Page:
You often see video releases tied to holidays, for example with Christmas offerings hitting stores in the weeks leading up to Dec. 25. I suppose that something like that is at work about Thanksgiving — although the message seems to be that DVD and Blu-ray buyers want big doses of action with their turkey and green-bean casserole. Sounds like a better fit with the pizza Lisa Abraham is talking about on this page.
In any case, Tuesday’s new items include the old-guys-kick-ass epic The Expendables 2 (Lionsgate, $29.95 DVD, $39.99 Blu-ray). Sylvester Stallone, Bruce Willis, Arnold Schwarzenegger, Chuck Norris, Jean-Claude Van Damme and many, many others try to demonstrate that neither age nor cosmetic surgery will keep movie heroes from blowing up lots of stuff.
As with 2010’s The Expendables, the idea of the sequel is more interesting than the noisy movie itself — you see the trailer, you nod happily and then decide to see something else. In fact, Expendables 2 made less money in the U.S. than its predecessor. But the films are huge overseas, where the new film took in more than it did here, so the final tally was more than $300 million.
But as entertainment, it’s pretty disposable, a long if generally efficient parade of explosions and fight scenes. Extras include an audio commentary by director Simon West, four featurettes, deleted scenes and bloopers.
A very big box of action marks the 20th anniversary of the release of Quentin Tarantino’s Reservoir Dogs, the movie that established him as a writer, director and occasional Oscar darling. (He has been nominated as a director of Pulp Fiction and Inglourious Basterds, and writer of those films, with a win for his Pulp Fiction screenplay).
Tarantino XX (Lionsgate, $119.99) is a Blu-ray collection of eight films with Tarantino ties. He directed seven: the three mentioned above plus Jackie Brown, the two parts of Kill Bill and Death Proof, which was first seen as his half of the Grindhouse collaboration with Robert Rodriguez. Then there’s True Romance, which Tarantino wrote and Tony Scott directed.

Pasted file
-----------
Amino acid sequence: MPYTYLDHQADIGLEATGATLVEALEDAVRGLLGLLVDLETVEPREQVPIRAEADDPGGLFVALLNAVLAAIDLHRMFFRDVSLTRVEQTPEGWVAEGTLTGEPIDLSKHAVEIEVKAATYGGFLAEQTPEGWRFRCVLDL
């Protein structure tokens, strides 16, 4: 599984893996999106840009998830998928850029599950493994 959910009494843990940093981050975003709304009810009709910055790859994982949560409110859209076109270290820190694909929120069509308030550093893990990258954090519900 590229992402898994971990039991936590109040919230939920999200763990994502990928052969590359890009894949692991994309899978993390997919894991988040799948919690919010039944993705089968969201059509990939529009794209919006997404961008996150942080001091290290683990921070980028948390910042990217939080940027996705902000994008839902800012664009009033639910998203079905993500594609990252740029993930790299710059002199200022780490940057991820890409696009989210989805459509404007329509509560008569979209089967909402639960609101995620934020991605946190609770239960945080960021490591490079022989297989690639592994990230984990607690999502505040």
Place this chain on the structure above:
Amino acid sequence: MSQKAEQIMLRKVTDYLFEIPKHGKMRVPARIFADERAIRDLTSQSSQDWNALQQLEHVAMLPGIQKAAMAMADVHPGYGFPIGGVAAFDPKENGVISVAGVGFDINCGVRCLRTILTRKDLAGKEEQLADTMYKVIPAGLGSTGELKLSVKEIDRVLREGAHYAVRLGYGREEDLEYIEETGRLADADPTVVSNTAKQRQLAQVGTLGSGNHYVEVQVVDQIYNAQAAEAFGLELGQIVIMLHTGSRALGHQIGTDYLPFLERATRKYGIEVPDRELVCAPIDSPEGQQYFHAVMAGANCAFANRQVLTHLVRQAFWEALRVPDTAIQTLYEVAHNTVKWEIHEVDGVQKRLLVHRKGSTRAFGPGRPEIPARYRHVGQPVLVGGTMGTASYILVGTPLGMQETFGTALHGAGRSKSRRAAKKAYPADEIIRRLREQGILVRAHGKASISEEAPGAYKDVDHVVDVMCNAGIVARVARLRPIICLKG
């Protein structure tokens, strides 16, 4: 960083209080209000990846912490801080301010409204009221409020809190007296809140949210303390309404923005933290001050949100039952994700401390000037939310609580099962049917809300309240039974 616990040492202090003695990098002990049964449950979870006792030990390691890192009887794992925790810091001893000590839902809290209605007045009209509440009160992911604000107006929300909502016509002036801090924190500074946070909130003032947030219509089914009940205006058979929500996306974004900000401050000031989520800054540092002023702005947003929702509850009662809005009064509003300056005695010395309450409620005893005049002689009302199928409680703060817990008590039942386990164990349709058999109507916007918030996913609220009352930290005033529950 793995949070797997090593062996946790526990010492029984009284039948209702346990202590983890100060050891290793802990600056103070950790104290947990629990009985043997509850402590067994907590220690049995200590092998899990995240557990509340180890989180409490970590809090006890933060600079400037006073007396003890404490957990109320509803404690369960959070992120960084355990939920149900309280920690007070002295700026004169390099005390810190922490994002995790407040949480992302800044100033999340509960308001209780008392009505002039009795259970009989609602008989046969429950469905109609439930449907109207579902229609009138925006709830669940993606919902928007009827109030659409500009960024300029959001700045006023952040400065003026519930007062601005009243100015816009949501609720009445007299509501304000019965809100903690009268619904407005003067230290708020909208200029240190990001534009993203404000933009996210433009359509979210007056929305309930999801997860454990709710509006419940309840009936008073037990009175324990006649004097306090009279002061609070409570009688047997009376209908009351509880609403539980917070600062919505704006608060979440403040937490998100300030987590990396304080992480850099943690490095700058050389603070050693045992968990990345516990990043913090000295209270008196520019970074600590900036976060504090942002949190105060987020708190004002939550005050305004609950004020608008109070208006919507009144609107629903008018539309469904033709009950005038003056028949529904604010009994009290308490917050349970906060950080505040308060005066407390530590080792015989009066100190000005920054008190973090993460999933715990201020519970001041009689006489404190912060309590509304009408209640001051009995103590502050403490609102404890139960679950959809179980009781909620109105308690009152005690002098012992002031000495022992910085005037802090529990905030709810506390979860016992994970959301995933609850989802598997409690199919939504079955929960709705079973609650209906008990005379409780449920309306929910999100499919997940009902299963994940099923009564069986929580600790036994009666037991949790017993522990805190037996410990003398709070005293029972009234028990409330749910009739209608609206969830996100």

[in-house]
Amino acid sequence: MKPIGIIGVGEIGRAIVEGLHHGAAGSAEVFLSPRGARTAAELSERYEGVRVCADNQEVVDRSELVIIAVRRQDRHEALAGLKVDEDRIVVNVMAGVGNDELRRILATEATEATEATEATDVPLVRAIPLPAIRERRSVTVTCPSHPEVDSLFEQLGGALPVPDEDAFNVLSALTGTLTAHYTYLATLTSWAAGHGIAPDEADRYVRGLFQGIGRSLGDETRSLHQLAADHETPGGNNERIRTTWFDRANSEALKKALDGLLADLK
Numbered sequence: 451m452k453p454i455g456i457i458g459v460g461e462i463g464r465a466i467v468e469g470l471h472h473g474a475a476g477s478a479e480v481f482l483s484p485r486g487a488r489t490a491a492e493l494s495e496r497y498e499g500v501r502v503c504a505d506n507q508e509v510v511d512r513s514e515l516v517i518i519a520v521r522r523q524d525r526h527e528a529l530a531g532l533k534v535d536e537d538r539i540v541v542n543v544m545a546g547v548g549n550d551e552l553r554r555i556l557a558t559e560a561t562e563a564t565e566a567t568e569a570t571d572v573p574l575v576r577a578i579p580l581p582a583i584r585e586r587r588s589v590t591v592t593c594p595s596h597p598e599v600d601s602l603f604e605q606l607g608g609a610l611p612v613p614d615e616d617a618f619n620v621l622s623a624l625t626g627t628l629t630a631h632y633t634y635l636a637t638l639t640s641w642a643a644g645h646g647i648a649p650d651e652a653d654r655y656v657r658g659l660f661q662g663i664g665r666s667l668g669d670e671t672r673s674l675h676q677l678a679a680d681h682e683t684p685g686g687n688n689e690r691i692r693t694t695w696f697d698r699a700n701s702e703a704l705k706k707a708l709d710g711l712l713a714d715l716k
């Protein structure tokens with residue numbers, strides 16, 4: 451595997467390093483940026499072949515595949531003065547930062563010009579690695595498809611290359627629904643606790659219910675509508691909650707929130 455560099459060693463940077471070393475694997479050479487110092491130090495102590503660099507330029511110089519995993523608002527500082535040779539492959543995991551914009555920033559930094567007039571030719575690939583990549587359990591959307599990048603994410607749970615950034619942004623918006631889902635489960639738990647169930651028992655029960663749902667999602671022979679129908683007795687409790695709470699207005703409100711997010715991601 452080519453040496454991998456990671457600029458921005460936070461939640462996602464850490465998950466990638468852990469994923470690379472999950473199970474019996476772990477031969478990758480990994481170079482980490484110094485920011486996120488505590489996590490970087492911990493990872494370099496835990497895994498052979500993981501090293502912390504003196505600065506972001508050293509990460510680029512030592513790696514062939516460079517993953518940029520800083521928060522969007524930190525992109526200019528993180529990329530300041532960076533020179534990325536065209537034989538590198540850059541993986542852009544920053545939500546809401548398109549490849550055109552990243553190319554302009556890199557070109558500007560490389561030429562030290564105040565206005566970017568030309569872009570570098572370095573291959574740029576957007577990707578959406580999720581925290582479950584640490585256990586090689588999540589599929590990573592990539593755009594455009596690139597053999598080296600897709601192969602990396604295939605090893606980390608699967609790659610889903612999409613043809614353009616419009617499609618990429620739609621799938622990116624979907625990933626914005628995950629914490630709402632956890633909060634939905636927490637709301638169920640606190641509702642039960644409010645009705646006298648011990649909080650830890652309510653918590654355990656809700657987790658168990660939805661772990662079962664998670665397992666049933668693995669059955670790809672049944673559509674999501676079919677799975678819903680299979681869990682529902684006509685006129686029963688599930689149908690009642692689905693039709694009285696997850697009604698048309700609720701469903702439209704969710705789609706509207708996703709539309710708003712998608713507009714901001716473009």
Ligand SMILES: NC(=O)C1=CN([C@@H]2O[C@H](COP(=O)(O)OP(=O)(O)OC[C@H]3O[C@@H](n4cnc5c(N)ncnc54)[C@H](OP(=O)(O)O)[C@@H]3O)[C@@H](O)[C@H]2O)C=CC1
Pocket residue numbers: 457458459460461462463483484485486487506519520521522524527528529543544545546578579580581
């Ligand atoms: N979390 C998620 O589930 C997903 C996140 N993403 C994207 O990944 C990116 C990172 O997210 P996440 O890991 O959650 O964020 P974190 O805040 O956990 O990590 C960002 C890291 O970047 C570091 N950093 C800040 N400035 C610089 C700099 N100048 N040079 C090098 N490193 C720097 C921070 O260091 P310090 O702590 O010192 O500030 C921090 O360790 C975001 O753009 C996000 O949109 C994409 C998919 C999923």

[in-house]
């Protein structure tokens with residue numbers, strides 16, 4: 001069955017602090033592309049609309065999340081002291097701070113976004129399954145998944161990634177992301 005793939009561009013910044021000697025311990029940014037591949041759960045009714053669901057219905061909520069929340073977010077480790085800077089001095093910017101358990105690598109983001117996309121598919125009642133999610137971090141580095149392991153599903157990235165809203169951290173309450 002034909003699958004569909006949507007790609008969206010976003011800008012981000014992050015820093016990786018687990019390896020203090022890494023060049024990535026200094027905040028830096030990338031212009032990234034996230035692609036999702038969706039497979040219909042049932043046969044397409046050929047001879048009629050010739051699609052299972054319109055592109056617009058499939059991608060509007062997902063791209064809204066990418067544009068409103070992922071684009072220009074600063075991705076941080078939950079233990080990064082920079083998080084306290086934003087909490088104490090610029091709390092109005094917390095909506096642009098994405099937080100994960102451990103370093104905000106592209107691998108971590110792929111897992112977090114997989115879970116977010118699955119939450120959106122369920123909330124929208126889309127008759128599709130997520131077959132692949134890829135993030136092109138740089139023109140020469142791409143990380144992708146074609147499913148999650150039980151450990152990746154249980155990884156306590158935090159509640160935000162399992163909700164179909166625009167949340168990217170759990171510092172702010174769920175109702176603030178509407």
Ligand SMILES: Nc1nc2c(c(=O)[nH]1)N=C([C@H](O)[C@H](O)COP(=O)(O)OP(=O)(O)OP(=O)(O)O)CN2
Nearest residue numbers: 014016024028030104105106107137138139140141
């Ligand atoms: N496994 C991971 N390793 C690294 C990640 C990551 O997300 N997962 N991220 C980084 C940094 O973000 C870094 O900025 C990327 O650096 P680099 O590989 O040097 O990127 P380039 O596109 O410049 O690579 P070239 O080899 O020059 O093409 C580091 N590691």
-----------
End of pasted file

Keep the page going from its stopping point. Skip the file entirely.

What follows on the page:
It’s a mass of mad plotting, strange dialogue, violence, shocks and homages to other films — everything, in short, that makes Tarantino loved, hated or, at times, just dull. And, in addition to archival extras, it has impressive graphics and two discs of added material, including a look back at Tarantino’s career that by itself runs more than two hours. A panel discussion of Tarantino’s films that is even longer and five trailers for Tarantino’s next film, Django Unchained.
The swashbuckling Zorro has been played by actors including Guy Williams (star of the Disney TV version) and Antonio Banderas (in two big-screen films). But you may not be as aware of French actor Alain Delon’s turn in a colorful movie from 1975.
Somerville House is giving the film its first authorized U.S. release on DVD ($19.98) and Blu-ray ($24.98) on Monday. Extras are minimal, and the opening song is ’70s pop that is even more jarring than Butch Cassidy and the Sundance Kid’s use of Raindrops Keep Falling on My Head. But Delon is good as both Zorro and the foppish Don Diego.
Finally, if you did not buy the epic Game of Thrones: The Complete First Season when it was released on DVD and Blu-ray four months ago, you get another shot (and more stuff) in the new Collector’s Edition (HBO Video, $99.97 for a Blu-ray/DVD combo). Besides the show and the extras from the previous releases, the set has a dragon’s-egg paperweight, a plush package and a bonus Blu-ray with the first episode of the second season.
Also, elsewhere in this section you can find my look at The Iron Petticoat, a ’50s romantic comedy starring Bob Hope and Katharine Hepburn. Yes, you read that right. It comes to DVD and Blu-ray via Turner Classic Movies’ website, www.tcm.com, on Monday. And Ken Burns’ documentary The Dust Bowl, airing tonight and Monday on PBS, will be on DVD and Blu-ray on Tuesday; you can read about the program in today’s Channels.
Down video road: Gossip Girl: The Sixth and Final Season will be on DVD and Blu-ray on Feb. 19. The well-received The Perks of Being a Wallflower will be in both formats Feb. 12 (with a digital download window beginning Jan. 22). The Oscar-winning On the Waterfront gets the Criterion treatment Feb. 19.
Rich Heldenfels writes about popular culture for the Beacon Journal and Ohio.com, including the HeldenFiles Online blog, www.ohio.com/blogs/heldenfiles. He is also on Facebook and Twitter. You can contact him at 330-996-3582 or email@example.com.